There are two main routes when it comes to creating a bjj flowchart, says Mr. Guitard. 

  1. Current Holes in Your Game

First, you can start to create a bjj flowchart on a piece of paper and notice when there are problems that you don’t have solutions to. 

For example, what happens when I’m playing De La Riva guard and I push my opponent to this side and they resist? What’s the follow up? 

Well, if you can’t think of a solution to this problem, it’s time to go watch some high-level matches from ADCC or another similar organization. From there, when you find a grappler who has the solutions to your positional or technical problems, you know who to study. 

Not only that, but now you can go to this grappler’s instructional videos to learn even more about the systems you were struggling with. What’s more, you can also go learn from this grappler’s coach for what will likely be a deeper view into these systems and concepts. 

Professor Corey advises that you take this new information, practice it on your own and with training partners, and then integrate it into your bjj flowcharts. 

 

  1. Future Holes in Your Game – Elite Trends

Second, if you’re watching matches from ADCC or another high-level organization and notice a trend that is giving grapplers success, Professor Corey recommends seeking out those instructional videos right away. 

By learning about trending techniques or positions that are successful at the highest level, it’s as if you’re investing in solving problems you don’t even have yet, but will likely have in the future. 

From there, Professor Corey advises that you organize the information in the instructional according to what you will use first and most often, and branch out from there. What’s the most common problem you will face from that point? Once you establish how to solve it, you have another branch on your tree. 

After several potential problems are solved, that tree can be added to your larger bjj flowcharts.

 

How to Get Started with BJJ Flowcharts

Here are a few different ways to easily begin incorporating bjj flowcharts into your routine. 

 

  1. Sit down with a pen and a paper and think about your experiences in training and in competition. 

As mentioned above, this is where you should begin your bjj flowcharts. Identify holes in your game and proceed to watching match footage from ADCC or other high-level organizations, then find some relevant instructional videos and study from there. 

 

  1. Study your sparring footage from training or your match footage from competition. 

By watching yourself, you can identify problems you have based on your movement or the reactions of your opponents. This way, you can find obvious holes in your game and look to find solutions from there. 

There’s no lying to the camera. Watching footage of yourself can be difficult – especially if things aren’t going your way – but it can also be a sobering and helpful experience. Take the time to film yourself grappling and use it to identify problems that need solving. Sure, your ego may not enjoy watching you make mistakes, but this is the quickest way to making sure you don’t knowingly make those mistakes again.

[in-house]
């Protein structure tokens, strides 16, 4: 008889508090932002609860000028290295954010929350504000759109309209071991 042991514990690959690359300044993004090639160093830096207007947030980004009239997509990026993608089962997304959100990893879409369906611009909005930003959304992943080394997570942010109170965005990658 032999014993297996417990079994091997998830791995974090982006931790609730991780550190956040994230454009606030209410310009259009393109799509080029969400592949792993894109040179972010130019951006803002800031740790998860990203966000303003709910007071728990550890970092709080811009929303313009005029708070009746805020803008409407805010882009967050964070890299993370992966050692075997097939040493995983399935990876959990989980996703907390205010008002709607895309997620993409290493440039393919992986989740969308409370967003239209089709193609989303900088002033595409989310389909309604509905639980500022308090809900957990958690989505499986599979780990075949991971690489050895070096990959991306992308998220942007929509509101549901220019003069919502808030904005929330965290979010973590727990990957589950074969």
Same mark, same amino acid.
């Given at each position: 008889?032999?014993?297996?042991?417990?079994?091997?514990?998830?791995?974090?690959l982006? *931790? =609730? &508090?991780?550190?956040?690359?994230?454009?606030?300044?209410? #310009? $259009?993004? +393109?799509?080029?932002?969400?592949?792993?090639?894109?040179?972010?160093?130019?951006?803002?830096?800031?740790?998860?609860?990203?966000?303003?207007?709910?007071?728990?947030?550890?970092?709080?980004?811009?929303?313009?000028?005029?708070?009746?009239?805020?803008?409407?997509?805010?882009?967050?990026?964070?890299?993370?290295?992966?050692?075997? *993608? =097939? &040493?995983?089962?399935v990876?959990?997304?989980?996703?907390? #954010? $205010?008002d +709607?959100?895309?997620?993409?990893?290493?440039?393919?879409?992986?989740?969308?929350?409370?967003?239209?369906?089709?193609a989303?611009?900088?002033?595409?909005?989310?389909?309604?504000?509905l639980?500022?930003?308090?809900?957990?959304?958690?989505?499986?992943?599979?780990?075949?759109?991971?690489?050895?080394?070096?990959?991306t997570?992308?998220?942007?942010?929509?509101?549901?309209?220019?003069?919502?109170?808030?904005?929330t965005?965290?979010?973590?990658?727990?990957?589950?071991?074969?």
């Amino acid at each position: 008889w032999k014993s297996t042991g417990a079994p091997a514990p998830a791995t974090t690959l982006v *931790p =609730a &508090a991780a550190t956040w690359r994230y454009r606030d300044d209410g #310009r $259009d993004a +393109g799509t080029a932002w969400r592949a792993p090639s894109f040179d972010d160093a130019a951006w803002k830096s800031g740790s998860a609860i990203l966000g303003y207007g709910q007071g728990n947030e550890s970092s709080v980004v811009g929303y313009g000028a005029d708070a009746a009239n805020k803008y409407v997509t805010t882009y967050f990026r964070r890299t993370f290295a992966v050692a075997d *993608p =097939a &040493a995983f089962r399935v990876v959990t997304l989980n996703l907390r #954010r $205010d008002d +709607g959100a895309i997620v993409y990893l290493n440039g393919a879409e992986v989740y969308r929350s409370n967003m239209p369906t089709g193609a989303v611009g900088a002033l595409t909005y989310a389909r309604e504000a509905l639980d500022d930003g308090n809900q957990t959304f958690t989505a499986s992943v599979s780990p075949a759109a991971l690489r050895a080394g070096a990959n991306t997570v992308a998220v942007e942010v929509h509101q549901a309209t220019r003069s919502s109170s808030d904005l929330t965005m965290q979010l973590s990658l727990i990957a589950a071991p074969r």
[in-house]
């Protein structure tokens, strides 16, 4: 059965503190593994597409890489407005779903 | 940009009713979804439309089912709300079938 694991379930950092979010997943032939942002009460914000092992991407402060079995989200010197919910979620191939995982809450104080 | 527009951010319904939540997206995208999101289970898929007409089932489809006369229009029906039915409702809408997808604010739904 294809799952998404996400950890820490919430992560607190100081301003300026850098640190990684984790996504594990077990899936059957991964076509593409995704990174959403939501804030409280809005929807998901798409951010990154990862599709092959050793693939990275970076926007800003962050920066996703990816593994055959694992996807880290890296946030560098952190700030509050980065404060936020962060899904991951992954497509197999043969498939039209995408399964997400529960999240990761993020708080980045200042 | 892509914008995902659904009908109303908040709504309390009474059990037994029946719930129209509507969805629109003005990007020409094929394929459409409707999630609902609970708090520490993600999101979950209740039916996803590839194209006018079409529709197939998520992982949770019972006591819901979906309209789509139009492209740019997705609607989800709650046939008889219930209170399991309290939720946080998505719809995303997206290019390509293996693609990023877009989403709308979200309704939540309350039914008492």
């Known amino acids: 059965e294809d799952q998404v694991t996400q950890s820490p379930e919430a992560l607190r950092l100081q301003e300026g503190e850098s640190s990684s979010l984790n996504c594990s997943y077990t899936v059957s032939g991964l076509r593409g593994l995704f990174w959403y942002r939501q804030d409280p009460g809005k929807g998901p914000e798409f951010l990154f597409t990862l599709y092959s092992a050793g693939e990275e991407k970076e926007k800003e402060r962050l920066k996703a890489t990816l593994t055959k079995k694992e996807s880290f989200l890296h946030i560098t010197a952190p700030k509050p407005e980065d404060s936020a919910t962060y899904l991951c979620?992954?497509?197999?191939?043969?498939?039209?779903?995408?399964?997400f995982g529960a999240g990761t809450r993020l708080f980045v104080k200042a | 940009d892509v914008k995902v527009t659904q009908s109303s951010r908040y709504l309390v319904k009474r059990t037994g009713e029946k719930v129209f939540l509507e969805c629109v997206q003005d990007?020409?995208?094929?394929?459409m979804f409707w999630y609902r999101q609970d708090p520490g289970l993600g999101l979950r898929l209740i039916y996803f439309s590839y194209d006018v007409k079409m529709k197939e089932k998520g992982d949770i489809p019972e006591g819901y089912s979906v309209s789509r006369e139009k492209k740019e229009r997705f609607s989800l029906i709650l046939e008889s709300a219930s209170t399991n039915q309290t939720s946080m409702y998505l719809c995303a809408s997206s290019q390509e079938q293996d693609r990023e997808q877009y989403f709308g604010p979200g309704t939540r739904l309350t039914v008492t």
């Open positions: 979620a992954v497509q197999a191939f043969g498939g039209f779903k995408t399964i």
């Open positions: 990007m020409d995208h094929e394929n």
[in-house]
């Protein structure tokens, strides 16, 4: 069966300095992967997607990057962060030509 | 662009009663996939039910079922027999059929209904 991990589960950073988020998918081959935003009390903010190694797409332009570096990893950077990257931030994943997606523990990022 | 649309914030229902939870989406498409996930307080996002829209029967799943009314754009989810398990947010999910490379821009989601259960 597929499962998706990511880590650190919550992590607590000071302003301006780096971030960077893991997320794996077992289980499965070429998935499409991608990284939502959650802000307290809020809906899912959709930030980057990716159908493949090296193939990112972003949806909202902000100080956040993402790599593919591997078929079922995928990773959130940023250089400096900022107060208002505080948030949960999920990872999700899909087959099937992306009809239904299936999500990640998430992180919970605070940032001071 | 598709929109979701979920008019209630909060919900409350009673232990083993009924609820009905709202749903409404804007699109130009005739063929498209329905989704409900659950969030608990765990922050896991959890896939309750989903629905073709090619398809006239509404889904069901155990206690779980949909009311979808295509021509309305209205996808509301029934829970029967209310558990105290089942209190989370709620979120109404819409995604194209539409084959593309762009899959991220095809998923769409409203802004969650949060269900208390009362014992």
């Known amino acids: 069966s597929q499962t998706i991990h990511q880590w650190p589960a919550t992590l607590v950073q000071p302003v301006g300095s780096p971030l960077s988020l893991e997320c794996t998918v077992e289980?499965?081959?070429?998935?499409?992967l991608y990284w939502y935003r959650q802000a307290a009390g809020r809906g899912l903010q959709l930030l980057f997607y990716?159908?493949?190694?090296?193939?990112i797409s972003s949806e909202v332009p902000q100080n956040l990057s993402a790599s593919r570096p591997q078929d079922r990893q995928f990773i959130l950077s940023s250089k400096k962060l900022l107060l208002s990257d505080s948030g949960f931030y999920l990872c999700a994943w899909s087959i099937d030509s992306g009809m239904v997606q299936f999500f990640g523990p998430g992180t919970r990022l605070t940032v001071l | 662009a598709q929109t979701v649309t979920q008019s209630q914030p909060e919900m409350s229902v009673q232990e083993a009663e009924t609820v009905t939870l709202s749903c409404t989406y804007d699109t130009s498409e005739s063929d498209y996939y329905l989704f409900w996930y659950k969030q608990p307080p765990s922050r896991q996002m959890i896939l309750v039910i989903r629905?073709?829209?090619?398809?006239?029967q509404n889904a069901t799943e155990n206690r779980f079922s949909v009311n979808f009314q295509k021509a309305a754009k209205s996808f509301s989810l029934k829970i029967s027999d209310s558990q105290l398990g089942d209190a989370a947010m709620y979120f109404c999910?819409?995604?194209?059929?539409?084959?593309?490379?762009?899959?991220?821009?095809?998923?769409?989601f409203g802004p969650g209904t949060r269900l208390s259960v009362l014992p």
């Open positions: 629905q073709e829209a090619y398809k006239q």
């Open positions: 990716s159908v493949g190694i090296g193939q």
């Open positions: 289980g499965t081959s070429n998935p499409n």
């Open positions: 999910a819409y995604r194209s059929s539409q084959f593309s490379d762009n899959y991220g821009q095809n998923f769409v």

1. Study match footage from ADCC or other high-level grappling organizations. 

Find a grappler you enjoy watching and study their matches. From there, make observations about techniques and positions and see how they can be applied to your own game. 

Likewise, if there is a specific position you enjoy and want to learn more about, or if there is a position that’s giving you a hard time but is coming up often in training, look to invest in an instructional DVD

But don’t just get any instructional. There are hundreds, if not thousands of hours of instructional videos available, and nobody can consume them all. Find a grappler who executes a technique particularly well or has success with a position at a high level, and then buy their instructional or their coach’s instructional. This way, the information is much more geared towards what you want to learn. 

From there, make a BJJ flowchart based on the positions you find relevant. Take them to training and see how they work in real-life. Keep what works for you, and discard the rest.

 

As a bonus, here are three matches that we highly recommend studying and using as inspiration for your bjj flowcharts. 

  1. BJJ Match Study: Marcelo Garcia vs Kron Gracie at ADCC 2009, 77KG category quarterfinals.
  2. Conceptual Breakdown: Yuri Simoes vs Gary Tonon at Eddie Bravo Invitational 6, quarterfinals.
  3. Off-Balance E19.5 Fight Breakdown 04: Oliver Taza vs Ethen Crelinsten at BJJ Fanatics Grand Prix, finals.

 

Conclusion

Organizing information is one of the best ways to improve your jiu jitsu, and that’s made much easier with bjj flowcharts. 

Take the time to sit down and think about the positions that you want to learn more about, and start writing out the different reactions and subsequent options you have from there. 

Before you know it, your jiu jitsu will have taken off to a new level – where you won’t have to think about every single detail of a technique before executing it. 

We want to thank Professor Corey Guitard for providing us with such awesome insight. The information he shared will help a lot of people get better, and we’re appreciative that he took the time to chat with us!

Want to learn more about Corey’s teaching methodology? Check out his latest instructional, Foundations of NoGi Grappling: Theories & Concepts!

Connect with us on social media and Give us a follow on Instagram @jiujitsumarketplace.